Born into a musical family, Isata Kanneh-Mason is a British pianist that has risen through the musical ranks ever since a performance with Sir Elton John in 2013, which led the pop icon to pay her tuition at the Royal Academy of Music. Isata has performed throughout her native England, and internationally in recitals, with orchestras, and her 2021 album Summertime showcasing American composers was in our Season 3 episode on recommended new releases.  

She returns to the Washington DC area this month, this time joined by the Royal Philharmonic Orchestra for a performance of Sergei Prokofiev’s Piano Concerto No. 3 in C major, Op. 26 on January 28 at George Mason’s Center for the Arts in Fairfax, VA. This concerto presents technical and musical challenges above and beyond most repertoire. But despite its demands, it isn’t a flashy showpiece like something out of The Carnival of Venice. Prokofiev writes in such an imaginative and idiomatic way that the music is served first (although the soloist is probably feeling butterflies in their stomach followed by a sense of relief with the final chord!). 

Isata was gracious enough to answer some questions I had before her upcoming January 28 performance in Fairfax. 

John Banther: Welcome back to the United States, Isata! Have you spent time in the Washington DC area before? If so, do you have any places you like to visit or eat?   

Photo Credit: John Davis

Isata Kanneh-Mason: I have been to Washington DC once before but as it was quite a short trip, I haven’t built up a roster of familiar places so I will still be exploring!  

JB: Prokofiev’s 3rd piano concerto, completed in 1921, puts many demands on the soloist and the orchestra. The colors the orchestra brings and how Prokofiev pairs the orchestra with your part isn’t like a lot of other concertos. Did you do anything to help prepare for going from the practice room piano to playing this with an orchestra when you initially learned it? Did it present any unique challenges compared to something that might sound more straightforward from the 18th century?  

IKM: The best thing is to be completely comfortable and on top of your own part before the rehearsal with orchestra as there’s so much to think about with the piano part itself and so many notes to navigate. I like to feel I have that fully under my fingers before I am able to be free and dance in and out of the orchestra part which is what the piece requires. 

JB: Is this the kind of concerto where you have many conversations with the conductor before the first rehearsal? It sounds like there are too many musical decisions to leave them to the first rehearsal. What kinds of things were important for you to be settled before rehearsing?  

IKM: A meeting with the conductor is definitely needed before the first rehearsal. There are many tempo changes where we need to look at each other and so it’s vital to clarify that before the first rehearsal with the orchestra.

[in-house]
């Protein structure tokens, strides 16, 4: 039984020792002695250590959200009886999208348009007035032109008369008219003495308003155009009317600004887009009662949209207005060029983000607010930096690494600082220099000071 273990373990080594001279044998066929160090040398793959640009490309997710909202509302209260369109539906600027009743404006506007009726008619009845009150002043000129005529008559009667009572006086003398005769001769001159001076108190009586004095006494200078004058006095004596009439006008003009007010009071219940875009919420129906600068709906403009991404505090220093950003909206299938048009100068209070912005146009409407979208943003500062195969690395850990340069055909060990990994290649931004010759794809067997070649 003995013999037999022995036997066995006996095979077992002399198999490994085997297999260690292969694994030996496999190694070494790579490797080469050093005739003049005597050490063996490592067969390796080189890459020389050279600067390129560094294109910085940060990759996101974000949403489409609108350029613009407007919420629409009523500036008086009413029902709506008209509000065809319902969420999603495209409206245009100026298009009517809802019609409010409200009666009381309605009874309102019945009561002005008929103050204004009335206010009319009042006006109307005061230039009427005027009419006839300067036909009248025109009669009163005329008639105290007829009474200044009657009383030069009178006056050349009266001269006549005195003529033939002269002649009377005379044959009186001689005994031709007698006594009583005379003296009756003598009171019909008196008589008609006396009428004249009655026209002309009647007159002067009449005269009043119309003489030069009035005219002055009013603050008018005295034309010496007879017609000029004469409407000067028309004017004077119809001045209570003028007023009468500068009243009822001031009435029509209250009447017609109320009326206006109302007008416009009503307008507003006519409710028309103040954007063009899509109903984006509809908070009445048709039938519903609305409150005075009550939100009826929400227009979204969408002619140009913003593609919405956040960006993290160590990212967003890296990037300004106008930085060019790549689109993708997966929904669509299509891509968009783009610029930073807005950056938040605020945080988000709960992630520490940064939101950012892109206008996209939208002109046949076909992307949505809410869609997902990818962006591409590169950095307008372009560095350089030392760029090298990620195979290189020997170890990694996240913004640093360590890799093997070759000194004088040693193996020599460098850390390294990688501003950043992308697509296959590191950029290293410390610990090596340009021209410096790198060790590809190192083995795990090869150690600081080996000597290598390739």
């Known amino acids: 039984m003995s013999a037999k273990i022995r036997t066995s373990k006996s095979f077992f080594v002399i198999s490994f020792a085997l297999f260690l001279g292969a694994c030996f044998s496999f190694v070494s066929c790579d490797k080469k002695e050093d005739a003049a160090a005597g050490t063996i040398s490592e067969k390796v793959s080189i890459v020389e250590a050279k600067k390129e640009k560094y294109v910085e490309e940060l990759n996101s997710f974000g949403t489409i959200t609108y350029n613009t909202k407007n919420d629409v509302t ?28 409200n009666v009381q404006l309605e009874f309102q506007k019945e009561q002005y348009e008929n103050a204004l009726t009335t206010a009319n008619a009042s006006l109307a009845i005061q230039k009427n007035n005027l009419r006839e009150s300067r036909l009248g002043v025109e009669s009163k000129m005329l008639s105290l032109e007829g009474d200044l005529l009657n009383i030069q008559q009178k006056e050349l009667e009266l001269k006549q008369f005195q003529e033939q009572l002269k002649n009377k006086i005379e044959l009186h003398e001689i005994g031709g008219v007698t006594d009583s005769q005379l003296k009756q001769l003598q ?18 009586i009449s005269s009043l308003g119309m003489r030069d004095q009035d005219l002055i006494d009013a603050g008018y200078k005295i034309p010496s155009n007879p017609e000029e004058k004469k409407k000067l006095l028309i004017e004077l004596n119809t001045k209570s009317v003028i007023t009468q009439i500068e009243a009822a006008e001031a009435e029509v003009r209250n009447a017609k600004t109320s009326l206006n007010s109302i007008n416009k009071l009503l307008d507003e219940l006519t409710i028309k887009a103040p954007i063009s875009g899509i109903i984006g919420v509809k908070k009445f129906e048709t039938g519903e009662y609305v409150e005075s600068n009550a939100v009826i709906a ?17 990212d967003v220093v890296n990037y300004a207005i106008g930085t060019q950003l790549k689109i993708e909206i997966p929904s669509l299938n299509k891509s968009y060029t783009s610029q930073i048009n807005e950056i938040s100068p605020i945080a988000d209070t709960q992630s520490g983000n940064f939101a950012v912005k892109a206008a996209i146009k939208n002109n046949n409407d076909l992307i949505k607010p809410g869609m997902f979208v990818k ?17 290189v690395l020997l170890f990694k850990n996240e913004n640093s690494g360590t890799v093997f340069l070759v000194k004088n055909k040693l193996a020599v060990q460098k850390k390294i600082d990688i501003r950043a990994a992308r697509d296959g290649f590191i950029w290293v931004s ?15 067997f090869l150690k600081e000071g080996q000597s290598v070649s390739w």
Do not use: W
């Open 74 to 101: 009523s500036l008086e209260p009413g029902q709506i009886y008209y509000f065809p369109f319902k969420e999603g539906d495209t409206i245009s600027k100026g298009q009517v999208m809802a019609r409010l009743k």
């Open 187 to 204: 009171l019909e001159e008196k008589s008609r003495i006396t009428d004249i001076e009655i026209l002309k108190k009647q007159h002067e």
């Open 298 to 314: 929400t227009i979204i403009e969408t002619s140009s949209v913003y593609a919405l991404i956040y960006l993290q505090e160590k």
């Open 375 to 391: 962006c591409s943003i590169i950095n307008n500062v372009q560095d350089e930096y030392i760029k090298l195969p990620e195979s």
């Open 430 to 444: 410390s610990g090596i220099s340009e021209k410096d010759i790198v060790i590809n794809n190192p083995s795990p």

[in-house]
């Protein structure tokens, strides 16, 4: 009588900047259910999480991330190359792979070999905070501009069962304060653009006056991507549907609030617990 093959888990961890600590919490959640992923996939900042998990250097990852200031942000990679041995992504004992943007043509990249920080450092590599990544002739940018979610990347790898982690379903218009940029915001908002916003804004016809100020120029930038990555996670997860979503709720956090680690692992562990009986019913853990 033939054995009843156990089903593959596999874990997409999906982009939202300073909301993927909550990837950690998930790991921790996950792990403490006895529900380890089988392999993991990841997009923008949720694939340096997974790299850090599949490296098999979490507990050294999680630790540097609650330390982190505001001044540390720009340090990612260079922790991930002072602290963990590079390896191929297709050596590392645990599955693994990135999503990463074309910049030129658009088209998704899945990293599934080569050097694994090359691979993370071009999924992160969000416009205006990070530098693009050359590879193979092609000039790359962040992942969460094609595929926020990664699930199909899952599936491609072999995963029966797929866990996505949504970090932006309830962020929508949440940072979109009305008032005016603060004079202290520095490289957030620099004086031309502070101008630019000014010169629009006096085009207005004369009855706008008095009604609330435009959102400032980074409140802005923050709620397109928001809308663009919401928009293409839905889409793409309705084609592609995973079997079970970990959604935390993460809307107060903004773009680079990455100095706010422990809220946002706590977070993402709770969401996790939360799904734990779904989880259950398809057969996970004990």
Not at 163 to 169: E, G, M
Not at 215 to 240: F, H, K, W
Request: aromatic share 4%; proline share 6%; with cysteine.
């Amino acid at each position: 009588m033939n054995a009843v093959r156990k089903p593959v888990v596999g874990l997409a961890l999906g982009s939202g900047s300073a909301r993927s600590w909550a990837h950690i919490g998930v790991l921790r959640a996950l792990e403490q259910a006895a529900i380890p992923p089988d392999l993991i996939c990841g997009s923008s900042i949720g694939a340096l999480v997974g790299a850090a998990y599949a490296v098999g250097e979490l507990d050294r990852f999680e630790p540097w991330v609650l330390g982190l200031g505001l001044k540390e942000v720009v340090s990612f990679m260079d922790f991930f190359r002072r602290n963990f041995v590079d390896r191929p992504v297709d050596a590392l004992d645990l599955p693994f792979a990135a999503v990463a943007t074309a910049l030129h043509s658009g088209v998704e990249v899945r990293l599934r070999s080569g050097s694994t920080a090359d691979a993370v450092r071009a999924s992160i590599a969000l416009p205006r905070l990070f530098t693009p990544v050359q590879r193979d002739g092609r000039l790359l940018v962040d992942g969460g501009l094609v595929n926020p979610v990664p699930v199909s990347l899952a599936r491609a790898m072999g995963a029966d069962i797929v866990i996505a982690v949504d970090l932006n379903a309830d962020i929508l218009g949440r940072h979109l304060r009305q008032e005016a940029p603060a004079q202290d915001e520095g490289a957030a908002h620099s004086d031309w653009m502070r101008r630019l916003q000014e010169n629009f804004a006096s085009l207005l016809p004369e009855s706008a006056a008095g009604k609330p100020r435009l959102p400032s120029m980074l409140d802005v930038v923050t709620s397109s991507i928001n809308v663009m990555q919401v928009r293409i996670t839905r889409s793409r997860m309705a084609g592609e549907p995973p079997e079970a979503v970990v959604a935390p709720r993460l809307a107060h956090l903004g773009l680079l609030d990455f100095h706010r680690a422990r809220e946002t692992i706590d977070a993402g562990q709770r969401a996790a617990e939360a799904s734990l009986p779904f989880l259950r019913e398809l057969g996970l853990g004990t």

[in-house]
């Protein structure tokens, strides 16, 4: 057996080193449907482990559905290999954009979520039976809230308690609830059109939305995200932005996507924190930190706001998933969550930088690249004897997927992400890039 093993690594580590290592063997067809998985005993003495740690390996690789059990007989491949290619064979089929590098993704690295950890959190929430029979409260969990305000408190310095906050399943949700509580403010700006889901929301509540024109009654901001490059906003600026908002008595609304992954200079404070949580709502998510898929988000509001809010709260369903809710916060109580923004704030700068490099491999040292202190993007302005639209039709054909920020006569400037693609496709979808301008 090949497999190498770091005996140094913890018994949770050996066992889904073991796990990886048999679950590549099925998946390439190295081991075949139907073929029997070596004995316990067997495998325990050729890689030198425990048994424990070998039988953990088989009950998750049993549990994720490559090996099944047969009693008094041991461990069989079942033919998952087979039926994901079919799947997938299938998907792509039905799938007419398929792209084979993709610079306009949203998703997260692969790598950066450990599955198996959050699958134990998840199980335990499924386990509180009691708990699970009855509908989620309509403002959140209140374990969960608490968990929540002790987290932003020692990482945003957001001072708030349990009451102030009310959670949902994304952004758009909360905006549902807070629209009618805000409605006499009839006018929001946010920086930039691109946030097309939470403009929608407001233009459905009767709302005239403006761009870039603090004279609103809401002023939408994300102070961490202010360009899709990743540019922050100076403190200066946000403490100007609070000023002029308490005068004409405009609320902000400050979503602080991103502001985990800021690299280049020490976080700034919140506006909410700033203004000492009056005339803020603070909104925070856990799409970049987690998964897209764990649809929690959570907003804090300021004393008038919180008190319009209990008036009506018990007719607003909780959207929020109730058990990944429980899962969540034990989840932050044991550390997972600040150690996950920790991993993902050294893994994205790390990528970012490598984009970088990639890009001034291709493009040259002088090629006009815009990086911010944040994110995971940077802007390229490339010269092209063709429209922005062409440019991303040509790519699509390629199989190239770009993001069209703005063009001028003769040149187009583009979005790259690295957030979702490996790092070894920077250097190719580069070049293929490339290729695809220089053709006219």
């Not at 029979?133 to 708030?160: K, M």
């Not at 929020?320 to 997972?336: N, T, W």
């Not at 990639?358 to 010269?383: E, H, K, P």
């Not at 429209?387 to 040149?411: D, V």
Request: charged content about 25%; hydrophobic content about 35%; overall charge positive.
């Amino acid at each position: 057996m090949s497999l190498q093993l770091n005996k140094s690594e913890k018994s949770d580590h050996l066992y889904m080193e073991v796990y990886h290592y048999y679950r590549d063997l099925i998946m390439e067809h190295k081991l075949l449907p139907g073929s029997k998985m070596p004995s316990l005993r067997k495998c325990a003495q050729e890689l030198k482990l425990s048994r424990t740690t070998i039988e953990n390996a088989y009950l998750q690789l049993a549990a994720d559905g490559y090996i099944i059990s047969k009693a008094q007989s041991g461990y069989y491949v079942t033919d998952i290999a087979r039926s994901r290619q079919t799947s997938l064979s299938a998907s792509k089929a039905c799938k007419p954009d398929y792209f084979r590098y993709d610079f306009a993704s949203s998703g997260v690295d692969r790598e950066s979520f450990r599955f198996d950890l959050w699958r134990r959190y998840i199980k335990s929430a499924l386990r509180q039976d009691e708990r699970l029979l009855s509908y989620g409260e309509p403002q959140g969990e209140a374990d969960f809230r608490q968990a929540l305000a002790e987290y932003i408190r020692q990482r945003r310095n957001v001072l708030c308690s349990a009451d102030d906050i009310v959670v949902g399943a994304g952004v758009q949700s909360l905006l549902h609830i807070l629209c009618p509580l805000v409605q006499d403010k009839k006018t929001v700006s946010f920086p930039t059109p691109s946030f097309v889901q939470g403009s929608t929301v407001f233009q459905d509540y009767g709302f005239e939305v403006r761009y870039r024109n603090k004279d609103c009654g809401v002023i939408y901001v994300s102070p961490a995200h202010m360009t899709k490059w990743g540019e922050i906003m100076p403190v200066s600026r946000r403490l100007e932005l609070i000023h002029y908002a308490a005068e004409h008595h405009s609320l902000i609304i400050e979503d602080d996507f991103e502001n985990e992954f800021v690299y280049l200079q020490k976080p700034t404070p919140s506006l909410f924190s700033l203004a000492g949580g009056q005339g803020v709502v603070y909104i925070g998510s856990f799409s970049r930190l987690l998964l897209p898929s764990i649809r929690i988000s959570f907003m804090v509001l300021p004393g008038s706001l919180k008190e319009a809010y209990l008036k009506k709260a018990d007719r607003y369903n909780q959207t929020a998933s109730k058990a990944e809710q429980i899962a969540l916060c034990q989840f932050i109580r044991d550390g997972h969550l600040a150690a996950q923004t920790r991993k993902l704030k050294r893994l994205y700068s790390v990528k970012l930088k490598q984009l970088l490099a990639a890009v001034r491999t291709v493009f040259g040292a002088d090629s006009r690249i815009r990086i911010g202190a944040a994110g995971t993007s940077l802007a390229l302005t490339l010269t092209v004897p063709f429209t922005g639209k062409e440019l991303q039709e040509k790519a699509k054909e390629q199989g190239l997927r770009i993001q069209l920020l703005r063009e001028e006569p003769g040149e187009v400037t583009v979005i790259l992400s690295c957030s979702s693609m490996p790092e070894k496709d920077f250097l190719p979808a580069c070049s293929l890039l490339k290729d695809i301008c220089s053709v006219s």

Royal Philharmonic Orchestra
Royal Philharmonic Orchestra/Photo Credit: Ben Wright

JB: Do you remember the first time you heard this work? Could you have imagined you would be on stage performing in the not-too-distant future?  

IKM: I was 18 when I first heard this piece, and it was a performance by Yuja Wang on YouTube. I instantly fell in love with it and dreamed about playing it. It was another 8 years before I started learning it for my first performance but before then I would listen to many recordings and sometimes flick through the score for fun. 

JB: Is there a particular moment in the concerto that you look forward to in every concert?  

IKM: Yes! I look forward to the scalic moment in the first movement that leads into the recap. It’s a brilliant moment which builds and builds and then all of the strings join in. 

JB: Is there anything in this concerto you wish other composers did too?  

IKM: I think there are many moments of sharp rhythmic “question and answer” with the orchestra in this concerto which are fun to play and I would love it if this sort of figure appeared more often in concerto repertoire. 

JB: Is there anything in this concerto that was surprisingly challenging?  

IKM: Yes. In the third movement there is a sweeping romantic tune that is shared with the cello and eventually all the strings. For some reason it’s hard to put together, and just much harder than it sounds! 

JB: Prokofiev wasn’t ecstatic that, in his own words, American audiences “did not quite understand the work” compared with the French and English audiences. How has the reception been so far?  

IKM: So far it’s seemed that everyone loves the piece and it’s been met with a lot of enthusiasm, enjoyment and joy. I suppose things have changed since Prokofiev’s time! 

JB: What are you excited for in this performance at the Center for the Arts in Fairfax, VA?  

IKM: I’m excited to see this hall for the first time and to hear how the piece sounds in a new space. Every audience reacts slightly differently and it’s always exciting to bring this piece to new people. 

JB: Do you have a particular message for your audience or something you think they should know before the concert?   

IKM: I really enjoy performing this piece and it’s a great play for the orchestra as well. I really hope that the audience can feel that excitement and enthusiasm from the players on the stage and also feel part of the concerto’s atmosphere. 

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